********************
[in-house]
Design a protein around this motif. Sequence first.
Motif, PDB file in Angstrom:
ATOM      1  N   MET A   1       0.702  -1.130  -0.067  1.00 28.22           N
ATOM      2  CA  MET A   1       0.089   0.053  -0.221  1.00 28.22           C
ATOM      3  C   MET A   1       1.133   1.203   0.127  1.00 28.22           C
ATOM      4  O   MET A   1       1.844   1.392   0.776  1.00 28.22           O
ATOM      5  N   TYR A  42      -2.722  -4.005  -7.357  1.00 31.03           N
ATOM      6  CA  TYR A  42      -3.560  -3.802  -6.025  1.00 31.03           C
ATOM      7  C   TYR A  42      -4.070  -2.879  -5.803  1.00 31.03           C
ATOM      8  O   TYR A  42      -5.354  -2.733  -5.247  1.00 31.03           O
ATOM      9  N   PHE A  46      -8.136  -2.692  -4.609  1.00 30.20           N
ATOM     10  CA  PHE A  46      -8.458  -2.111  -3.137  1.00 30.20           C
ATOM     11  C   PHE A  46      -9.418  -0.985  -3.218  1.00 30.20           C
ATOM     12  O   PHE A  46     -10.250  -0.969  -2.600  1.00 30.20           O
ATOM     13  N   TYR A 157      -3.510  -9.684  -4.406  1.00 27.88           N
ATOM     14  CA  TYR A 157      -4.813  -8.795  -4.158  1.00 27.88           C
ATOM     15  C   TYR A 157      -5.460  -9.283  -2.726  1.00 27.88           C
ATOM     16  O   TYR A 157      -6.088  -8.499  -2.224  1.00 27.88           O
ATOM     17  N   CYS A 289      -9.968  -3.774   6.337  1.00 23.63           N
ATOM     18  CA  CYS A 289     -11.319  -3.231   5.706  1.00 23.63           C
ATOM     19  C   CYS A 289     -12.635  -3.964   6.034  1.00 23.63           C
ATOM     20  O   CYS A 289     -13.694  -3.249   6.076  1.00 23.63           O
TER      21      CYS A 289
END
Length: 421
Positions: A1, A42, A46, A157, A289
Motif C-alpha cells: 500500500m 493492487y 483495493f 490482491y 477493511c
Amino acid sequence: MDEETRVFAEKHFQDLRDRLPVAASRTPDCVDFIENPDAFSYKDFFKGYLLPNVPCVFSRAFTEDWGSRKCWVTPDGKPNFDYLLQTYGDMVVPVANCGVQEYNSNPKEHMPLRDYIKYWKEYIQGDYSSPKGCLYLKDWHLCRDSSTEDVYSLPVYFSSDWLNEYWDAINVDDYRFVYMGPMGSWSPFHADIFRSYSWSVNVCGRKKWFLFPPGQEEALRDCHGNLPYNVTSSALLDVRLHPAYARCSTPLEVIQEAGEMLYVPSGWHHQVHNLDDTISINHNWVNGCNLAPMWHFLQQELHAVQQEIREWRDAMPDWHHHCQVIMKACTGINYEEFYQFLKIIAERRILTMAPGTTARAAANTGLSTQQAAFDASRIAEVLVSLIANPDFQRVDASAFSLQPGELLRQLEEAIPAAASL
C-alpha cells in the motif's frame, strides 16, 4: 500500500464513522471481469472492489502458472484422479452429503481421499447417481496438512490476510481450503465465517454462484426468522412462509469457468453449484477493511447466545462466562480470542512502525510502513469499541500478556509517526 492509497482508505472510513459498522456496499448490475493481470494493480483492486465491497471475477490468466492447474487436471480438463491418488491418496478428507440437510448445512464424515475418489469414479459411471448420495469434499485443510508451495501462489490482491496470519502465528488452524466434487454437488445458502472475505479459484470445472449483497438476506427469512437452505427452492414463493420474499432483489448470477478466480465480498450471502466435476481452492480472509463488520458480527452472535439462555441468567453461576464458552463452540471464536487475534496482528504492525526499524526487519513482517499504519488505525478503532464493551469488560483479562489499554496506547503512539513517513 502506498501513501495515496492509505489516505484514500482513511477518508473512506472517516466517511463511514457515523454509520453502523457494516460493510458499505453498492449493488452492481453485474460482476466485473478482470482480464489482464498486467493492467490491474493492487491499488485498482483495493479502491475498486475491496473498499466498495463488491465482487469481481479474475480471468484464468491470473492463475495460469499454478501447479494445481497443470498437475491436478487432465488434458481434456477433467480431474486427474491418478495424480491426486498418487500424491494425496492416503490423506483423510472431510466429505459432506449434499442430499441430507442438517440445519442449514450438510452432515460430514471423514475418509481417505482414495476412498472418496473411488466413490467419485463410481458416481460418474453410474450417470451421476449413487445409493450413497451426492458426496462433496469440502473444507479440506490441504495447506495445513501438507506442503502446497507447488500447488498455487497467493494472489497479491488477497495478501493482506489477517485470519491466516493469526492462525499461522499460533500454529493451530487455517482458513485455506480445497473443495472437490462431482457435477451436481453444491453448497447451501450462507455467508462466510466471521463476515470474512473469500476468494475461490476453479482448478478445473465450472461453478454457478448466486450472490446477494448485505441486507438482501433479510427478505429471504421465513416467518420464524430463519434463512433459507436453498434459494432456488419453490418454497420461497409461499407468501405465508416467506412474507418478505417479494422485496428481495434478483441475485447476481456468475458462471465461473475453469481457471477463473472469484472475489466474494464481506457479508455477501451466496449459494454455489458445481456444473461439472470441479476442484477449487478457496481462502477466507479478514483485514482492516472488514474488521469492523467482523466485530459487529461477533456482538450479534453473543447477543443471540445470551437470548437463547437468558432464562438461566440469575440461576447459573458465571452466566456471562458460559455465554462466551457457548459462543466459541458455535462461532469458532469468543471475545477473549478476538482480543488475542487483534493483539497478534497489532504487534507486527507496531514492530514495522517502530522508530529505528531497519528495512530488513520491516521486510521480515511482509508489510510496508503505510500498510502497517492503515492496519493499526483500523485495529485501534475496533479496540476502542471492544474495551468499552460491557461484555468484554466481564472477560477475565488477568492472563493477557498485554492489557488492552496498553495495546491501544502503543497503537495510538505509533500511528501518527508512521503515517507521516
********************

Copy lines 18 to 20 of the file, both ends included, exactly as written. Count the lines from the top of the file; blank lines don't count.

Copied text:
ATOM     15  C   TYR A 157      -5.460  -9.283  -2.726  1.00 27.88           C
ATOM     16  O   TYR A 157      -6.088  -8.499  -2.224  1.00 27.88           O
ATOM     17  N   CYS A 289      -9.968  -3.774   6.337  1.00 23.63           N